independently identifying changes in phase and amplitude that can result in
the misinterpretation of these data and/or underestimation of uncertainties
(Appendix

Figure

Scatterplots of the

Time series of the percentage change of peak uptake and release at four high northern latitude sites (see main text). Each panel shows the data as blue closed circles and the 25 % uncertainty interval. The dashed black line is the fitted linear trend that is reported inset of each panel.

Time series of phase changes and the corresponding change to the
carbon uptake period of

The concomitant observed changes in

Observed changes in amplitude at BRW (

We have used a wavelet transform to spectrally isolate changes in the
seasonal cycle of atmospheric

We found that the atmospheric growth rate of

Using the detrended

We reported an increase in amplitude of

We diagnosed phase changes using thresholds of

Our analysis does not provide direct evidence about the balance between
uptake and release of carbon, but changes in the
peak uptake and release together with an invariant growing period length
provides indirect evidence that high northern latitude ecosystems are
progressively taking up more carbon in spring and early summer. The period of
net carbon uptake has not lengthened but has become more intense. However, it
is possible that this increase may be offset by a prolonged period of
respiration due to warmer autumn temperatures. Changes in atmospheric

Figure

As discussed above, we use the spectrally decomposed data set to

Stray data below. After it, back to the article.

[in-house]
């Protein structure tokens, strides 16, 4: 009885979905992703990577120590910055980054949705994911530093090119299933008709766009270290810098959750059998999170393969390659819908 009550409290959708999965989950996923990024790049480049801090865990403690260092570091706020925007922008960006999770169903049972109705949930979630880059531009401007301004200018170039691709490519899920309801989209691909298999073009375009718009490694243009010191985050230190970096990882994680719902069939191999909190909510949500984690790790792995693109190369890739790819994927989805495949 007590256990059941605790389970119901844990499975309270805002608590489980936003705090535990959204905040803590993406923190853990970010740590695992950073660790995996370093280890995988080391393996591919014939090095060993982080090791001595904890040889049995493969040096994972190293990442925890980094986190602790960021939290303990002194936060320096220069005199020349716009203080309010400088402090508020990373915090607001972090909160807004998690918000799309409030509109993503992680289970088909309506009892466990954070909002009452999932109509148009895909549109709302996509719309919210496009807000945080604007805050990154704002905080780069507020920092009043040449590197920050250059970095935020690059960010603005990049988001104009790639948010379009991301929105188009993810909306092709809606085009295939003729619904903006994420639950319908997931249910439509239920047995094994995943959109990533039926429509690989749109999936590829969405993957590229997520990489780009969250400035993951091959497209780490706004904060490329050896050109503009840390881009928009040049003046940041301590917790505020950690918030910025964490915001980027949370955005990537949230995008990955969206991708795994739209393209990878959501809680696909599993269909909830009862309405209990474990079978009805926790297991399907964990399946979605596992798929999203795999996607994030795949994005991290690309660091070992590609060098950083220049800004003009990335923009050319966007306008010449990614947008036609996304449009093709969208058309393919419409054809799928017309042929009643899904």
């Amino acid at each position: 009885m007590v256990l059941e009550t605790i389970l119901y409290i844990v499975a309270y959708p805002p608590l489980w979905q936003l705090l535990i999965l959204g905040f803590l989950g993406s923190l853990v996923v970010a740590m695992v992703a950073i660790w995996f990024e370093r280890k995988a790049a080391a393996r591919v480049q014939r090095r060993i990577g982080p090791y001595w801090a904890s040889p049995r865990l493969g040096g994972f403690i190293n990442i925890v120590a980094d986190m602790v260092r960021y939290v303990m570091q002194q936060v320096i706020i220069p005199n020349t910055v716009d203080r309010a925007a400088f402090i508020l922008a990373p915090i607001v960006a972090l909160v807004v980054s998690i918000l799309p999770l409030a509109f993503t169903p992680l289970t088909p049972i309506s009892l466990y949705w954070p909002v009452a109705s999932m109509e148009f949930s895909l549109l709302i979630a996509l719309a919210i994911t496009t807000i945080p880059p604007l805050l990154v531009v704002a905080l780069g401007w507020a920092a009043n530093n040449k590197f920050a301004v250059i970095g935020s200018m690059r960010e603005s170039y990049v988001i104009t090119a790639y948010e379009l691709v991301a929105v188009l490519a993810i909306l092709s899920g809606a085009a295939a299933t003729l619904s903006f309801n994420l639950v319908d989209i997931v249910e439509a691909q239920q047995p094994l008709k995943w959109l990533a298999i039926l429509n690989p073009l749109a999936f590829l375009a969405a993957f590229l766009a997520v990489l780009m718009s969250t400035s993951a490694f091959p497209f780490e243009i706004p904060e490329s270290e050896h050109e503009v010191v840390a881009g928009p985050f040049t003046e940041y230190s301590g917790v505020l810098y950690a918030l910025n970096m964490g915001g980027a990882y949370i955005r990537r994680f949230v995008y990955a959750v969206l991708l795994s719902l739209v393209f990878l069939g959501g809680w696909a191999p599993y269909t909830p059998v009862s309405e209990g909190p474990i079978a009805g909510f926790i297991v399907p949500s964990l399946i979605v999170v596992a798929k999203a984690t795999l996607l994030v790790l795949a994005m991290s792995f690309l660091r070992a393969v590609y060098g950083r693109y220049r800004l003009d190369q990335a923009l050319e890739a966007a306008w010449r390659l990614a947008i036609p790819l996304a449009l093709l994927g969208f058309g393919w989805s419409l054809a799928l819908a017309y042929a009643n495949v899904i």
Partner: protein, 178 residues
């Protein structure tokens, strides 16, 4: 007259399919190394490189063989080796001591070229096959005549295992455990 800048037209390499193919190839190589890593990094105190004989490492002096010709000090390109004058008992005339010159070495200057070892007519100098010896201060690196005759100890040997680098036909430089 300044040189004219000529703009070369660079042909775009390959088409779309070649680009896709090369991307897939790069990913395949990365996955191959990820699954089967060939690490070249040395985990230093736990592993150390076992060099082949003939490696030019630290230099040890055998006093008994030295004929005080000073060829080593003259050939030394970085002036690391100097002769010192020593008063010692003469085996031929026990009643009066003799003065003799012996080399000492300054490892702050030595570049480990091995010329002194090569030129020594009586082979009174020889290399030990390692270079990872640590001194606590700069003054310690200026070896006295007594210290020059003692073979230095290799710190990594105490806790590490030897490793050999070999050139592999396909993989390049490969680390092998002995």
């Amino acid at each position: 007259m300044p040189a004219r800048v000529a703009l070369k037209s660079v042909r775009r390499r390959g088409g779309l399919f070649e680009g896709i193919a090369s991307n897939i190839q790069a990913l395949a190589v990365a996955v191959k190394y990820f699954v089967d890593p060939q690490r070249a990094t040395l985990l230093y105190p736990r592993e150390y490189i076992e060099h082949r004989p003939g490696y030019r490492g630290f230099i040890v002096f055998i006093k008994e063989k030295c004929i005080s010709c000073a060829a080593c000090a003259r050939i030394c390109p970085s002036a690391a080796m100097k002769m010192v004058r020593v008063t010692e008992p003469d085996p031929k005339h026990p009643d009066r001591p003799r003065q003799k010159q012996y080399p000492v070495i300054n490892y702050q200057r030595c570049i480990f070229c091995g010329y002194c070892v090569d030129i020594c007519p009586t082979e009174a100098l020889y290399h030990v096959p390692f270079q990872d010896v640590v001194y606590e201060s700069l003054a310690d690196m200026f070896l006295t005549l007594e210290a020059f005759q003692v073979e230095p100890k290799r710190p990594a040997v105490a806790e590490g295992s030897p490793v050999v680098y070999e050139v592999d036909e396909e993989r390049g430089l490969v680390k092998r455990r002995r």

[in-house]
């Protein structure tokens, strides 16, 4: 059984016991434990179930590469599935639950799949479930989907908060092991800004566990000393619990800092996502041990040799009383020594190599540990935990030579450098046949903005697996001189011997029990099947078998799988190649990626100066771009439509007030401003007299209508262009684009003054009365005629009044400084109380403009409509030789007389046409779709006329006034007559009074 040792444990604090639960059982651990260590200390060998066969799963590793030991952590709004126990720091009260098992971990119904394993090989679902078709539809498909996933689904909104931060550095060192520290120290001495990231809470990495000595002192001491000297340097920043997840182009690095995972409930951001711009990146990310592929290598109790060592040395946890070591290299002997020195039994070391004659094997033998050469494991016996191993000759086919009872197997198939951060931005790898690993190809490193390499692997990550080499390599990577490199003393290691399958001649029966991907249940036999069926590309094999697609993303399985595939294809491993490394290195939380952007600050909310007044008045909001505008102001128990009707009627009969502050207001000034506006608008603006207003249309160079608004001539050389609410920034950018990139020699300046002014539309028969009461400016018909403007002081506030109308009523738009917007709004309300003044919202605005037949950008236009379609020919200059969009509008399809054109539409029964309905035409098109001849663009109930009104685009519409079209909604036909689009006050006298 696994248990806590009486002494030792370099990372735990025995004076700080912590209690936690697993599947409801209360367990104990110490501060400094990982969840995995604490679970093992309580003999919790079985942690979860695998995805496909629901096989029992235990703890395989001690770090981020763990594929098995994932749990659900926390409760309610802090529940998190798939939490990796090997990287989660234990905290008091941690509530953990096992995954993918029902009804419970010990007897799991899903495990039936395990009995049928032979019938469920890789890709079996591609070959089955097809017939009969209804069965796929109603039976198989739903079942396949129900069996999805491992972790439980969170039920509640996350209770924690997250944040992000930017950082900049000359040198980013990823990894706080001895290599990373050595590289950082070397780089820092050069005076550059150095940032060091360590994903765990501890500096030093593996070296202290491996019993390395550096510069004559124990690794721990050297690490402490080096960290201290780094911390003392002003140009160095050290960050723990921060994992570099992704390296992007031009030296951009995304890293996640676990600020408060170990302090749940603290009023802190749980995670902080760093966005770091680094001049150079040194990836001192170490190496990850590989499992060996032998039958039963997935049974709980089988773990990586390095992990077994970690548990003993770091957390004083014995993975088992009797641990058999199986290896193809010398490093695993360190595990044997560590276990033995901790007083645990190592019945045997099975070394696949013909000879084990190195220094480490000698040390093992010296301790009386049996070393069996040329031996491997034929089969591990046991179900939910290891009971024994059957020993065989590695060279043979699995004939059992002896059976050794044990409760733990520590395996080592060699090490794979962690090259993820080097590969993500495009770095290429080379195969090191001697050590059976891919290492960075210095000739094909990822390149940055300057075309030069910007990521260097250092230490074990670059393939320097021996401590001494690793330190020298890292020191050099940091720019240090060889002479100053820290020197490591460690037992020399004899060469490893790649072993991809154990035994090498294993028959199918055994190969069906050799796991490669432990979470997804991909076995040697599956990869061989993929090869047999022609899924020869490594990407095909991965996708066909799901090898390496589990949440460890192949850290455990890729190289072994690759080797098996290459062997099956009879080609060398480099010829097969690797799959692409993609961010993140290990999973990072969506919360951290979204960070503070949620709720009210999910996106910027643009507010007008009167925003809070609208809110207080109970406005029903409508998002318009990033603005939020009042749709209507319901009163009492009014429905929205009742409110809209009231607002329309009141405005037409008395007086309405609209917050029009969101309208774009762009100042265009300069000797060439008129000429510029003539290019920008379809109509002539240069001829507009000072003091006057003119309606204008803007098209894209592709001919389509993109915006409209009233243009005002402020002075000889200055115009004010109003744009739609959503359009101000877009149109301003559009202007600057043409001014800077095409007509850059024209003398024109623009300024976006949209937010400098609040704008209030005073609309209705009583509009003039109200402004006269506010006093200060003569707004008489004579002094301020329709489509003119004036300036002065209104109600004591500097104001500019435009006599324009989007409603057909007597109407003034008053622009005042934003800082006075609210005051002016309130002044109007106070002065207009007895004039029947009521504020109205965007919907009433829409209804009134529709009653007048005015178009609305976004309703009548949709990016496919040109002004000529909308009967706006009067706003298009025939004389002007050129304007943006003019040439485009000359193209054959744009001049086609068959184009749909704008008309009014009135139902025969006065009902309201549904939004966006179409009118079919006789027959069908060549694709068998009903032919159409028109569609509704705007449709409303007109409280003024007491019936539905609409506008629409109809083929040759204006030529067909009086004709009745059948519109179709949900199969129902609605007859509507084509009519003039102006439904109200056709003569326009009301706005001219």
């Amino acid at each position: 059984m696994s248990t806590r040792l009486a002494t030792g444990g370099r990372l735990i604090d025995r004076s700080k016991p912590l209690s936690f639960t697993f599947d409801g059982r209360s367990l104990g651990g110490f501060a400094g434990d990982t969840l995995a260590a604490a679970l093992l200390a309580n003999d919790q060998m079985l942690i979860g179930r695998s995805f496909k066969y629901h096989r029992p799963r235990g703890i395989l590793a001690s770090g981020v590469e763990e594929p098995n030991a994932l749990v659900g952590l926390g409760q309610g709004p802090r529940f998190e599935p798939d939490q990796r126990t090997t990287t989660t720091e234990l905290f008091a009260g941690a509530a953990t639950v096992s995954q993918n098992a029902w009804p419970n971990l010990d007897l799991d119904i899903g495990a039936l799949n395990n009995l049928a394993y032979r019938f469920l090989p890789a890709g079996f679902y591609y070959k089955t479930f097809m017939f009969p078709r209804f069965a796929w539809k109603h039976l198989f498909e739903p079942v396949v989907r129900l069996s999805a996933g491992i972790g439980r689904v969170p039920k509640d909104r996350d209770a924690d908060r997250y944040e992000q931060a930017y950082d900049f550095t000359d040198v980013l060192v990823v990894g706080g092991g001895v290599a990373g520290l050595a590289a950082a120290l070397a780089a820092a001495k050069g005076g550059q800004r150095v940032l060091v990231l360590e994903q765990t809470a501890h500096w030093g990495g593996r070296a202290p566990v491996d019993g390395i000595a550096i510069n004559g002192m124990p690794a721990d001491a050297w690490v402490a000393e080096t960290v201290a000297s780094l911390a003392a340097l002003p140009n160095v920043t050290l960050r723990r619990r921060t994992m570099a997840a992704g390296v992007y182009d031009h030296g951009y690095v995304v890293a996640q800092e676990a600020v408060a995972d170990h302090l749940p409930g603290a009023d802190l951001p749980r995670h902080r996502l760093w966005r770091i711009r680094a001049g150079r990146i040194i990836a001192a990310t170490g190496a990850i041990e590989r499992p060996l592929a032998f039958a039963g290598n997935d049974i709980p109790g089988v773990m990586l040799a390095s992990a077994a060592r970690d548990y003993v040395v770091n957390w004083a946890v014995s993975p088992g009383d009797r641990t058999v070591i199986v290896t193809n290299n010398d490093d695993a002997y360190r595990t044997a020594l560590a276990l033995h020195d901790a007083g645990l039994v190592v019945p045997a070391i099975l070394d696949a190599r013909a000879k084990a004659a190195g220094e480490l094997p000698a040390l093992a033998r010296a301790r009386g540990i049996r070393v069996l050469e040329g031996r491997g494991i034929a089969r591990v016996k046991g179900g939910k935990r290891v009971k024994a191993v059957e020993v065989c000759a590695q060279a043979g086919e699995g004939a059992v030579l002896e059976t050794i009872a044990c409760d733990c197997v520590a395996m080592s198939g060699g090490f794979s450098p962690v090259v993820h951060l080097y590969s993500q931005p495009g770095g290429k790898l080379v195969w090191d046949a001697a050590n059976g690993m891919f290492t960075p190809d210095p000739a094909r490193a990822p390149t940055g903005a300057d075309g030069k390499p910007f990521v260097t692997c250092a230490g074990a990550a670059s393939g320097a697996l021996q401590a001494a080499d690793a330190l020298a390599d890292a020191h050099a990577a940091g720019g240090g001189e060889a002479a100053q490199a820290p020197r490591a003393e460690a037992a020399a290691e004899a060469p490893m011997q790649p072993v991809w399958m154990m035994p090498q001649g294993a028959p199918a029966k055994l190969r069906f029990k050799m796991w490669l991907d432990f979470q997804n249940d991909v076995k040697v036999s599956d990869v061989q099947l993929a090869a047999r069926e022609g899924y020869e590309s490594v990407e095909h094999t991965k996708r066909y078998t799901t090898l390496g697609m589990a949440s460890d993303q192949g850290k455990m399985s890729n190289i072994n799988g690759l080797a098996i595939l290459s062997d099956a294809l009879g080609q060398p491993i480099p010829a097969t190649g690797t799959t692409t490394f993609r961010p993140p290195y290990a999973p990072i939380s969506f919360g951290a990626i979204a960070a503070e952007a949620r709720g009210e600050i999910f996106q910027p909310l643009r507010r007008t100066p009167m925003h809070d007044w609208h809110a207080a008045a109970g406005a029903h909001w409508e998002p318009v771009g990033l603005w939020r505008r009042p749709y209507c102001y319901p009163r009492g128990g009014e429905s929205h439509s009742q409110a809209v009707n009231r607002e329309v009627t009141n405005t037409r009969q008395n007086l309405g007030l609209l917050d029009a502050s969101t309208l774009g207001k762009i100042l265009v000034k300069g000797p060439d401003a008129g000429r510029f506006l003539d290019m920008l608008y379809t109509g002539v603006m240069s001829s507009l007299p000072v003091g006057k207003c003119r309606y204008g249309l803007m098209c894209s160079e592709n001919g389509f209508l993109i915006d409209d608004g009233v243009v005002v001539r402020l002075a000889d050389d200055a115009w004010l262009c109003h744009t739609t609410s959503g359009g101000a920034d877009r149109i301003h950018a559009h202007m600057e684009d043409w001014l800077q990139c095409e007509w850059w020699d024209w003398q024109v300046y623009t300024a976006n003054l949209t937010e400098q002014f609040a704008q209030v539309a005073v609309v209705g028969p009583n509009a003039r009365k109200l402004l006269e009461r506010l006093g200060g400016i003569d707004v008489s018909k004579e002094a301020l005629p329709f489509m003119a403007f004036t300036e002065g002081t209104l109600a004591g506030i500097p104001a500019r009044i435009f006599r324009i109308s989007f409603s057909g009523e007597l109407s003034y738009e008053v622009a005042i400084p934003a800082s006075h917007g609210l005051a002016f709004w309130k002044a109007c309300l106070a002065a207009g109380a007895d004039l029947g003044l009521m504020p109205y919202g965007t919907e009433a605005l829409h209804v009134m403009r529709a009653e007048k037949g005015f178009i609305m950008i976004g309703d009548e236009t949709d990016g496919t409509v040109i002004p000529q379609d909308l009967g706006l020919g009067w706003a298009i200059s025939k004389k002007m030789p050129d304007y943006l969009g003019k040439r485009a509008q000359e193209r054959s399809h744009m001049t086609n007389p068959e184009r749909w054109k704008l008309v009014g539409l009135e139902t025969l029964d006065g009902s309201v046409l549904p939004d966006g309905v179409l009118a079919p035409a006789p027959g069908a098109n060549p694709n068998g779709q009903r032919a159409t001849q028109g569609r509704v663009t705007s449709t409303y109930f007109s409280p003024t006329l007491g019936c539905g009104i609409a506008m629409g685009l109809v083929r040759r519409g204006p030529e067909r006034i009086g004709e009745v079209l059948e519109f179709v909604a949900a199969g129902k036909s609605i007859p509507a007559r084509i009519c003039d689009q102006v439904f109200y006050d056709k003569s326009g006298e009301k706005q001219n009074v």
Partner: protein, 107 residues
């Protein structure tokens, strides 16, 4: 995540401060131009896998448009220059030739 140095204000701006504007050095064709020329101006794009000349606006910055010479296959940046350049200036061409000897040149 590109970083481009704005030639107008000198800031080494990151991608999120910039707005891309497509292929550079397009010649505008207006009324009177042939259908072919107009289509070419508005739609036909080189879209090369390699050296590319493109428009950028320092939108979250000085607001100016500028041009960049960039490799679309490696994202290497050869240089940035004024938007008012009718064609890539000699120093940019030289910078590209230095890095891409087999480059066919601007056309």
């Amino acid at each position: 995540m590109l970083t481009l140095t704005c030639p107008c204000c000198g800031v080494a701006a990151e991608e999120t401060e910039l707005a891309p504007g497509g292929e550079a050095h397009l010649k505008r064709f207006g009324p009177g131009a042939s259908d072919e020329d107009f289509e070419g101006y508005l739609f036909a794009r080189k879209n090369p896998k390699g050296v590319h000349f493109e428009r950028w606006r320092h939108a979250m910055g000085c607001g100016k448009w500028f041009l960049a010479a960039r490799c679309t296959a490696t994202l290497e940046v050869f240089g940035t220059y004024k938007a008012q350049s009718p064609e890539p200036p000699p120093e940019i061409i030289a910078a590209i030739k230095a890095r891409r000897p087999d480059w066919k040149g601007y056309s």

interpret the observed variability of

Top row: weekly mean (black) and low-pass filtered (red, periods

We use synthetic

We use a simple box model based on the

Synthetic

The starting point of our numerical experiments is the detrended time
series of atmospheric

Wavelet analysis of

The following three broad set of experiments are designed to identify
the best metrics to describe changes in the contemporary cycle from
detrended

Figure

Same as Fig.

Figure

Figure

Same as Fig.

Same as Fig.

We find that the wavelet transform attributes the
0.70

Figure

Despite large interannual variability, there is a negligible trend in
the spring timing of

We find that the analysis of synthetic time series indicates that

We used an MCS to study the ability of the
wavelet transform to simultaneously determine the PU, PR, and changes
in phase. We generated 1000 synthetic time series with random
trends and variability such as the one illustrated in
Fig.

Figure

Probability densities of trends introduced as part of a 1000-member ensemble of synthetic time series generated for the Monte Carlo experiment where the black line is the fitted probability distribution.

Regression of expected and estimated linear trends for peak uptake
(PU), peak release (PR), and the

Scatterplot and associated linear regression coefficients of
the amplitude trend (

Figure

Our analysis of phase changes in the

Table

Estimated trends of downward and upward zero crossing points (DZCP
and UZCP respectively), peak uptake and release (PU and PR respectively),
and carbon uptake period (CUP) calculated from

Table

The warming-induced earlier onset of springtime carbon uptake is also
supported by observed increases in vegetation greenness described by
NDVI inferred from space-borne sensors

Figure

Figure

Temperature linear trend analysis (1970–2011) for the beginning and end of the thermal growing season.

Linear regression coefficients that describe the relationship
between changes in

Linear regression coefficients that describe the relationship
between changes in

We thank NOAA/ESRL for the